1/4 teaspoon turmeric powder
Non-dairy milk as required to thin out consistency (I used rice milk)
Soak the dates in some warm water. In the meantime, peel and stone the plums and peel the banana. Chop into small pieces.
Pit the dates.
Place all ingredients (except) in a blender and blend until smooth.
Drizzle with a little maple syrup and serve!
Wednesday, August 7, 2013
Biryani, a mouth-watering word indeed but then comes the thought of laborious cooking and time spent in the kitchen and something that is definitely not for a mid-week dinner.
Well, here's a quick and easy recipe that is not only quick to make as a mid-week dinner but is also a healthier version with the use of brown and wild rice. Okay, while this will not match a properly prepared biryani dish cooked on low heat for an hour or two in an oven or seal pan, it will however taste delicious nevertheless! It will actually look like you've spent a lot more time on it. And what a yet-another-great-way to use lentils in a vegan recipe.
So, with a little of ahead planning and using more than one cooking pan, this can be made in about 45 minutes or less. I am also not using a lot of ingredients with this one but feel free to add other vegetables to this if you feel like it. Some suggestions are potatoes which are added to the traditional Mauritian-style biryani, green beans and cauliflower florets.
Ingredients (serves 2 - 3)
1 cup mixed brown and wild rice
1 cup brown lentils
150g vegan mince meat (optional)
2 medium carrots, cubed (about 1 cup)
1/2 cup frozen peas
1 tablespoon coconut oil
1/2 cup coconut milk
1 tablespoon garam masala
3/4 teaspoon ground cumin
1/4 teaspoon crushed red chillies
1 tablespoon ginger, minced or finely grated
1/2 teaspoon fenugreek seeds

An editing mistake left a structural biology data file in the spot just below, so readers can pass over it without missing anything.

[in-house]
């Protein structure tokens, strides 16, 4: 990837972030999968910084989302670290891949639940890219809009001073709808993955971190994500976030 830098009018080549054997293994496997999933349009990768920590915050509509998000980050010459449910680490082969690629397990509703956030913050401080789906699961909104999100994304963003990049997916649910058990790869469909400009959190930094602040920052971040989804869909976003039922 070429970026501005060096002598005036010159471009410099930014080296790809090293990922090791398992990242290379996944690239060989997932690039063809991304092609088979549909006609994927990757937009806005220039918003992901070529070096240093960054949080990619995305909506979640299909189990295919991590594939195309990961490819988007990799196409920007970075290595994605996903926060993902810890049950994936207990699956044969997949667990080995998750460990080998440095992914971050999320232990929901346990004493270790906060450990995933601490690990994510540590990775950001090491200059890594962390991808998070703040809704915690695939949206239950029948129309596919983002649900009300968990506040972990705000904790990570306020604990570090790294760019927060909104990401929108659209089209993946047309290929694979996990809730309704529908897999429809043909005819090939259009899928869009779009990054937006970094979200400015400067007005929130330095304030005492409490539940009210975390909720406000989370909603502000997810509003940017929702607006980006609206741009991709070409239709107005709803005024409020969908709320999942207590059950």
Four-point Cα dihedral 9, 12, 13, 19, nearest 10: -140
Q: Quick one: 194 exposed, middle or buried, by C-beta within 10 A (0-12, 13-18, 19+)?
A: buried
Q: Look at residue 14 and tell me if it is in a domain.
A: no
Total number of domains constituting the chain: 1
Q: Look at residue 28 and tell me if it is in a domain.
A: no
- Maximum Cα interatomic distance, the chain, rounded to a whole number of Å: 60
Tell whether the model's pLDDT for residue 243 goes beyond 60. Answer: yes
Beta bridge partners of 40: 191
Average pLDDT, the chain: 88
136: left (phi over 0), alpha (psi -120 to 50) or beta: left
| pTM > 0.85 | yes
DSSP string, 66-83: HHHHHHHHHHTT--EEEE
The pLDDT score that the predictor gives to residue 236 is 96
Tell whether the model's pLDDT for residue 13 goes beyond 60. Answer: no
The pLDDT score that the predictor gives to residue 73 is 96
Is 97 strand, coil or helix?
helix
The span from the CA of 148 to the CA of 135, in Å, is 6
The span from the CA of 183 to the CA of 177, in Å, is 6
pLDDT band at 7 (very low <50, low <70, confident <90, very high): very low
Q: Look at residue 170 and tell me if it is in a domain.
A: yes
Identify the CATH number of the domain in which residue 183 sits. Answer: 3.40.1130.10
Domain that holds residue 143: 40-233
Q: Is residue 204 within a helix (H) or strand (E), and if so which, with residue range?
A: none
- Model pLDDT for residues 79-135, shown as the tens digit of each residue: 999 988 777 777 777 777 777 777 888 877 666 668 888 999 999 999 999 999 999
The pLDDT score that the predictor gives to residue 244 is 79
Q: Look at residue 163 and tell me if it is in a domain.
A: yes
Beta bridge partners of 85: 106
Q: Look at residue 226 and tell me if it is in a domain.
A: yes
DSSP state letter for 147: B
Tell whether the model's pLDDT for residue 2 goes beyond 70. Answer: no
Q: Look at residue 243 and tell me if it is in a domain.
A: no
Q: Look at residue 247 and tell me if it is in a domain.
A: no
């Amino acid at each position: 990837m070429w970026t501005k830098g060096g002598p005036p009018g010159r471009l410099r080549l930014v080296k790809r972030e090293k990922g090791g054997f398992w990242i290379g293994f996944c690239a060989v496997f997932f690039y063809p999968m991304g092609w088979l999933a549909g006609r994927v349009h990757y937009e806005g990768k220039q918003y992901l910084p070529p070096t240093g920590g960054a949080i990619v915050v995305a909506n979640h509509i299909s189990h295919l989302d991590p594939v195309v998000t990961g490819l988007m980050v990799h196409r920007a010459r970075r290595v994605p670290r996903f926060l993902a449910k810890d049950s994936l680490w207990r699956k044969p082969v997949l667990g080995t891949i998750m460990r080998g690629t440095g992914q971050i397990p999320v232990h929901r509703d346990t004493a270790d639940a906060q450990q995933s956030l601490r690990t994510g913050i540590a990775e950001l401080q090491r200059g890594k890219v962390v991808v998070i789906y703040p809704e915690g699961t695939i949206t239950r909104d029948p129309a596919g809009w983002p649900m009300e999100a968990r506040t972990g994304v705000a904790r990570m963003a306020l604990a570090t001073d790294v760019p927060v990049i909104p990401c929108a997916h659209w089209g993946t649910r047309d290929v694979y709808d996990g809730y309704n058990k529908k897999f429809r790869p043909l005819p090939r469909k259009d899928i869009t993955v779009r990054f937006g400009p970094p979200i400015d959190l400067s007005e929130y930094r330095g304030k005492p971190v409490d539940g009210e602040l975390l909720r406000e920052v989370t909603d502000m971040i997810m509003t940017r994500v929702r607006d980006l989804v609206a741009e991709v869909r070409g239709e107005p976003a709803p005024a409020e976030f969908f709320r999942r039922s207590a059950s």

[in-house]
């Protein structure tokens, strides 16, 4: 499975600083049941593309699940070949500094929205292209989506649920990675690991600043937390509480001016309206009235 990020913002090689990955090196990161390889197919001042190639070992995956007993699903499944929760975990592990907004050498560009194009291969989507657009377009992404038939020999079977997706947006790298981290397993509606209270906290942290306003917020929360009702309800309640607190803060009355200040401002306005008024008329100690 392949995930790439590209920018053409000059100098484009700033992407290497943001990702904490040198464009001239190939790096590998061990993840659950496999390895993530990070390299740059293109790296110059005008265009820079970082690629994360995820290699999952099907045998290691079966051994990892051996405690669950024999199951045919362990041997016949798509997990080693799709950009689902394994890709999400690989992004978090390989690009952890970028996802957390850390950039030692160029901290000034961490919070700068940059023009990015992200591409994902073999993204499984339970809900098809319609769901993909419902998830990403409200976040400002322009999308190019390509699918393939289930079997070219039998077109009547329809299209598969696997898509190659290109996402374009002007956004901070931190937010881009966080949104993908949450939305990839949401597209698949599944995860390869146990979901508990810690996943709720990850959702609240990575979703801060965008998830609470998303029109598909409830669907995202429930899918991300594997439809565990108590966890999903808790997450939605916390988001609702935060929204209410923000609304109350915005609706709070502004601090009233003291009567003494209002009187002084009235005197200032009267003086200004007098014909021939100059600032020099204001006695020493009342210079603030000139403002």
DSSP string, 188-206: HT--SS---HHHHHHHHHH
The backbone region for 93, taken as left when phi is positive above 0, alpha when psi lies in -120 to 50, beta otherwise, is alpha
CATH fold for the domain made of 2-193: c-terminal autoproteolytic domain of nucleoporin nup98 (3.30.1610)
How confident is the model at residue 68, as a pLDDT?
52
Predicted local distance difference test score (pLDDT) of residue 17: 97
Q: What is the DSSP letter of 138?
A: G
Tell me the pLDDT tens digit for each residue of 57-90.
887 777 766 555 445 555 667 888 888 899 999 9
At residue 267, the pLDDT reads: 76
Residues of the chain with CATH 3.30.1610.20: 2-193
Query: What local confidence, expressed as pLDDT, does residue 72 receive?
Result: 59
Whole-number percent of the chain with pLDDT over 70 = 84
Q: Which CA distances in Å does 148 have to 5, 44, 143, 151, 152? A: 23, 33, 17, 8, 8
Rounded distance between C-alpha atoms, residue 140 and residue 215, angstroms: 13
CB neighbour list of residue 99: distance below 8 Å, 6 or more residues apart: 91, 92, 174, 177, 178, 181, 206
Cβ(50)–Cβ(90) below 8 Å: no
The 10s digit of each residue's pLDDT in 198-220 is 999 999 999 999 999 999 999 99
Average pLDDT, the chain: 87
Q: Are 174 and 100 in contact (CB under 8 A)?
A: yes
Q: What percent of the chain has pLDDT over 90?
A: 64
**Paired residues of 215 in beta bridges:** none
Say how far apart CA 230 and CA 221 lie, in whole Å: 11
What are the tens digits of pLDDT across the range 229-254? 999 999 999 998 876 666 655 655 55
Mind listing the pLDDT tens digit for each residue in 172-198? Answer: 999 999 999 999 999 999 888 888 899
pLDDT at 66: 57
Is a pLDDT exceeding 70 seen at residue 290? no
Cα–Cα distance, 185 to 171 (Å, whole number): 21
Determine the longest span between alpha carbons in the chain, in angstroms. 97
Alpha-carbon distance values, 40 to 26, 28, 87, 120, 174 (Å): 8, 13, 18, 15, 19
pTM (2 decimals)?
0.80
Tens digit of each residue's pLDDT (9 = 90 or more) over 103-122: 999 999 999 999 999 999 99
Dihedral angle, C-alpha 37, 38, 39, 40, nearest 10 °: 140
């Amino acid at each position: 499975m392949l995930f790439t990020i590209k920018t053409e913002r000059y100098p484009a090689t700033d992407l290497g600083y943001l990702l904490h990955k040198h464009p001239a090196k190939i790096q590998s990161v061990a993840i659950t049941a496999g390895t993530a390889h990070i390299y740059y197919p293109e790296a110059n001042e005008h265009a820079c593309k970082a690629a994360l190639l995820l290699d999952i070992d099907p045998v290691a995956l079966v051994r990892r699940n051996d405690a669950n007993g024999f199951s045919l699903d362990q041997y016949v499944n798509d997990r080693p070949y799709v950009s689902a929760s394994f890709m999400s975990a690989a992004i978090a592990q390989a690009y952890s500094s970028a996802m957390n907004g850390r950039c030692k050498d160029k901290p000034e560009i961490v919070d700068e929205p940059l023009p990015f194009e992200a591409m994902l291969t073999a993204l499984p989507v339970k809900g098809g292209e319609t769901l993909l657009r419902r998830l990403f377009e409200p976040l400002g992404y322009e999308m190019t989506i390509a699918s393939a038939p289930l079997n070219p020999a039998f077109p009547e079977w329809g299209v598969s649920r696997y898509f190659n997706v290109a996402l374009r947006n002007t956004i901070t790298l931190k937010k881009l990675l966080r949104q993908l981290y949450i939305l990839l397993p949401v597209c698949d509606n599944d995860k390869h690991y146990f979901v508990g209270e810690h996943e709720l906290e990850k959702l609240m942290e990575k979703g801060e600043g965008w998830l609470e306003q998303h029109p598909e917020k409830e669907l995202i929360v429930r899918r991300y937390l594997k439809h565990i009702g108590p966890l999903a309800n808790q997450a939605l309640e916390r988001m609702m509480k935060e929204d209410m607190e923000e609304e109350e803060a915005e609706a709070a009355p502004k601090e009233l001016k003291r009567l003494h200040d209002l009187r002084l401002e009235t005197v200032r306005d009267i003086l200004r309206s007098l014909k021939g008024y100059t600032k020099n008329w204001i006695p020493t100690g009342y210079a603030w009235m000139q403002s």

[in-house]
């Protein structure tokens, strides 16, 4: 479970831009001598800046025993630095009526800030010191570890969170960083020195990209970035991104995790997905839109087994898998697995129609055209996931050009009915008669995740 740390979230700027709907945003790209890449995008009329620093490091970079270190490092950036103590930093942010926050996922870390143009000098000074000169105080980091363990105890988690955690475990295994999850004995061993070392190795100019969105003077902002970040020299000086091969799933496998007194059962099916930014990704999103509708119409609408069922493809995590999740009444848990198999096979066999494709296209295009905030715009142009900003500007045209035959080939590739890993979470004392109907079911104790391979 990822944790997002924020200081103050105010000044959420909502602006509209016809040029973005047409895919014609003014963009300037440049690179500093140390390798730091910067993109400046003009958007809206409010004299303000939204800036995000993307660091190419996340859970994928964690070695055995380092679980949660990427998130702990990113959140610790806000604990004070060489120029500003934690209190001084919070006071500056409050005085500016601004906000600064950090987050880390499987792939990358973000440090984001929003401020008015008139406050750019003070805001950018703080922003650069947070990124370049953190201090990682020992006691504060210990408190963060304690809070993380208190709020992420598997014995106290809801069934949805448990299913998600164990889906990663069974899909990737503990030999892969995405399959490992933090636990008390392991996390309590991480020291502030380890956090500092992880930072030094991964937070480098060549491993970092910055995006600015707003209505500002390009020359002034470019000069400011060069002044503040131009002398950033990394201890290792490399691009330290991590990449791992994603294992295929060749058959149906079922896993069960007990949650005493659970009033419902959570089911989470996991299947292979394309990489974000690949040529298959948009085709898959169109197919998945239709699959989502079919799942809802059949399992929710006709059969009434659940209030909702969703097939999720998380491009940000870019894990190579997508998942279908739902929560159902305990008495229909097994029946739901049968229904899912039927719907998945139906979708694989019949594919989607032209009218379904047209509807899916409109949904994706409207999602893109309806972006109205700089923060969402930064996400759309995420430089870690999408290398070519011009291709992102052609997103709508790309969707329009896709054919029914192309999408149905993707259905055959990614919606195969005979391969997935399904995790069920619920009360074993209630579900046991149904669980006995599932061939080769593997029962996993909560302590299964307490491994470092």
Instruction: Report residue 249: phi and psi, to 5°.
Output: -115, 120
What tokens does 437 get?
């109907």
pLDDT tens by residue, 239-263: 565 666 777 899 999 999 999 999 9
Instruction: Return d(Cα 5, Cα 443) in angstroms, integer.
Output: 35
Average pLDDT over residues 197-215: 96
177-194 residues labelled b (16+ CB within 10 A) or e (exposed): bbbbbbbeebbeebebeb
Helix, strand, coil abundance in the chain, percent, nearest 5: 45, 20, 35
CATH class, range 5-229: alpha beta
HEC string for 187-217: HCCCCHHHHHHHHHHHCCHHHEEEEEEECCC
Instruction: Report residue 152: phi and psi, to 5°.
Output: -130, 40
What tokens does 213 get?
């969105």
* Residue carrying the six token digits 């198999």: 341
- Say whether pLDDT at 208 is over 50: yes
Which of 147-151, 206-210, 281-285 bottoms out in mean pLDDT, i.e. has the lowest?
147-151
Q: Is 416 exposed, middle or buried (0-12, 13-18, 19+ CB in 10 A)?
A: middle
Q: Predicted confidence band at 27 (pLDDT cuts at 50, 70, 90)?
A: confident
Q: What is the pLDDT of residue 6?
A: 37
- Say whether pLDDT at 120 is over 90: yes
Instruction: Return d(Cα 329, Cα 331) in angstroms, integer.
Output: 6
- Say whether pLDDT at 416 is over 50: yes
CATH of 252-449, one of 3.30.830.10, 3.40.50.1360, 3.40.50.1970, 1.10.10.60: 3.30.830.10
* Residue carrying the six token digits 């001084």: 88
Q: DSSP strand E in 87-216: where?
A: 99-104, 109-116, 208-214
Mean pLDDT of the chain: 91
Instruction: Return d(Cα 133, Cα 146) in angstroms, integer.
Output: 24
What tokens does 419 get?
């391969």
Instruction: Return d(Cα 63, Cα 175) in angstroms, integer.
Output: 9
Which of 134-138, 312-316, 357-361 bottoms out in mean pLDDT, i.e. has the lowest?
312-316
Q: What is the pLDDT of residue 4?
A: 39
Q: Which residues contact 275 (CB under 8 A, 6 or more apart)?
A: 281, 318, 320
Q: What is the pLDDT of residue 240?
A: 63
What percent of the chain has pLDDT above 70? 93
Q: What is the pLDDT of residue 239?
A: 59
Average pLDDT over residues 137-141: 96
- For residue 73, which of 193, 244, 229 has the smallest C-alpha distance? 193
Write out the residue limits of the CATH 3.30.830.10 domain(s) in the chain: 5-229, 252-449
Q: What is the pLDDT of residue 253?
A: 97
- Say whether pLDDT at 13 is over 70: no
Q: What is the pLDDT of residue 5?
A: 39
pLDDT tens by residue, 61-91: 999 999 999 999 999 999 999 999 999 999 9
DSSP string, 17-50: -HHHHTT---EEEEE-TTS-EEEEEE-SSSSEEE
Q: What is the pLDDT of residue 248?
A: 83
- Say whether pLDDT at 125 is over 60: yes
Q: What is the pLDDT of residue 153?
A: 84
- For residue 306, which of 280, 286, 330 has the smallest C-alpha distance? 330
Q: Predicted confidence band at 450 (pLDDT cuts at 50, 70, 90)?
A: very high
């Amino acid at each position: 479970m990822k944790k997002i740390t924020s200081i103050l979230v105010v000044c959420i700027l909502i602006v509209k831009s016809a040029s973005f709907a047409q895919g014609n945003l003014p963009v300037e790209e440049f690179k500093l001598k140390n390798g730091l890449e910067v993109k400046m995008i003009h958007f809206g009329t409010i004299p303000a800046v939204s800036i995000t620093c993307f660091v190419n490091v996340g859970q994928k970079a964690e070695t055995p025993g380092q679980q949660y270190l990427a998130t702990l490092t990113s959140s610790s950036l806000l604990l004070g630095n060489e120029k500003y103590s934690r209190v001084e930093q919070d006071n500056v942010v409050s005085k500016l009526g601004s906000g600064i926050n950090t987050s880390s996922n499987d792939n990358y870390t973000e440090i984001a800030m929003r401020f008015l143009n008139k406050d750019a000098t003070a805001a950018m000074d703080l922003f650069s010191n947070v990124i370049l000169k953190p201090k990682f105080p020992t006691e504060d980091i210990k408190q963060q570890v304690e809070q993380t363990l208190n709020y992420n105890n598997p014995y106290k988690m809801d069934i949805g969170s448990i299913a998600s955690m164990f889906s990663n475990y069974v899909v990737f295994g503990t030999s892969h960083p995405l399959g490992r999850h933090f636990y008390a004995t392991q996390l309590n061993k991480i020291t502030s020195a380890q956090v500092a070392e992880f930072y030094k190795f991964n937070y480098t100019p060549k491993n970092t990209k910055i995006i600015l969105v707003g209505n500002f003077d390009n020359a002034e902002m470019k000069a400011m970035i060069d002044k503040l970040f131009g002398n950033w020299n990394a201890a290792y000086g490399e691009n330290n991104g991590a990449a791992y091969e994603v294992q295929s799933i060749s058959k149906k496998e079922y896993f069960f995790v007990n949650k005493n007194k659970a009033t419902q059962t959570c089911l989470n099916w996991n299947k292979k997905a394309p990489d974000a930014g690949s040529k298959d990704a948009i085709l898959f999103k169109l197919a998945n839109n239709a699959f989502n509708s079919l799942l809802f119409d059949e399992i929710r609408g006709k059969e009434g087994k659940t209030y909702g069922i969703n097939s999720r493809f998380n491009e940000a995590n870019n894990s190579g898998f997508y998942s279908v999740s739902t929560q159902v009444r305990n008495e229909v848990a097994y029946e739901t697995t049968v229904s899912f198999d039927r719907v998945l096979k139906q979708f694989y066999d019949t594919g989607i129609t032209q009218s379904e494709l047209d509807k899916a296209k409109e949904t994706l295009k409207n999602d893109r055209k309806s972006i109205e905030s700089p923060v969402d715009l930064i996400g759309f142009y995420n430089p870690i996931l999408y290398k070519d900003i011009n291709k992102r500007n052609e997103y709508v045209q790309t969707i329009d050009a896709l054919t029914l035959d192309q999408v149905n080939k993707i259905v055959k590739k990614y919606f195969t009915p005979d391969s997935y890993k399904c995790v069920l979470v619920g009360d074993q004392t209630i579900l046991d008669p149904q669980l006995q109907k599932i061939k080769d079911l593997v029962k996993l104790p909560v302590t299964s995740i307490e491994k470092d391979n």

5 - 6 whole cardamom pods
3/4 tablespoon tamarind paste (optional)
1 cup chopped fresh coriander and mint mix (I didn't have these today so I used some dried bay leaves instead)
Use two separate pans, wash and drain the rice and lentils separately. Fill with water until it reaches your first knuckle while the tip of your finger is just touching the rice or lentils.
Cook both on medium heat until soft but not mushy. You may need to add more water at some point if required. When done, drain water well and set aside to cool.
While rice and lentil are cooking, you can prepare your vegetables, i.e. chopping the carrots and grating / mincing ginger.
In a large deep pan, heat the coconut oil. Add the fenugreek, cardamom, garam masala, cumin and ginger. Roast lightly.
At this point the kitchen will be filled with a wonderful aroma! Can you smell it?!!
Add the vegan mince meat (if using) and let cook for about 8 - 10 minutes. Stirring to avoid burning.
Then add coconut milk and tamarind paste (if using).
Stir and let coconut milk thicken with the spices and mince until all is dry again.
Add the crushed chillies, the carrots and half of the fresh herbs. Cook for another 2 - 3 minutes.
Add cooled rice, lentils and frozen peas. Mix will with the spices. Add the rest of the herbs and give everything a final good stir!
Serve with your favourite Indian pickles and enjoy dinner!
Wednesday, July 31, 2013
So, let's get back to Jackie's package! She must definitely be psychic! She mentioned when sending out the package that it was going to be slightly different from her normal ones! That really got me intrigued. So today, I went to collect my package from the post office and as I got home, I couldn't wait!
Jackie got me a wonderful produce bag from Quirky! How could she have known I so much dig long-life grocery bags?! I think I almost collect them! Every time I see a nice looking produce bag, I do buy it! It kind of make the idea of buying a bag-for-life redundant!
The 'sweet' little card was heartwarming with a nice sweet note from Jackie.
Other things in the lot were a nice packet of red rice which I will certainly use in my salads or next time I make sushi, mixing a little with the sushi rice. She also got me some lemon tea from Earth Teaze! Tea is almost like the second liquid I drink the most after water! And despite this, in my assortment of teas and herbals, I was missing lemon tea.
Oh my! Thank you Jackie for this fabulous swap! And thanks to MeShell from meshell in your city for organising the Vegan Food Swap
I can't wait to go grocery shopping!
Tuesday, July 2, 2013
These days my creativity is really kicking in. I feel I could just sit and do all sorts of handmade crafts all day long. How I wish I could do just that sometimes but heck there's work to go to. But last night while chatting to Sisterlovlie on Skype, I started on this watercolor painting of a peacock. I've been wanting to paint a peacock in watercolor for quite a while now. But last night, I just took out the paint box and brushes and without much planning, I started layering water and paint onto paper. How good it felt!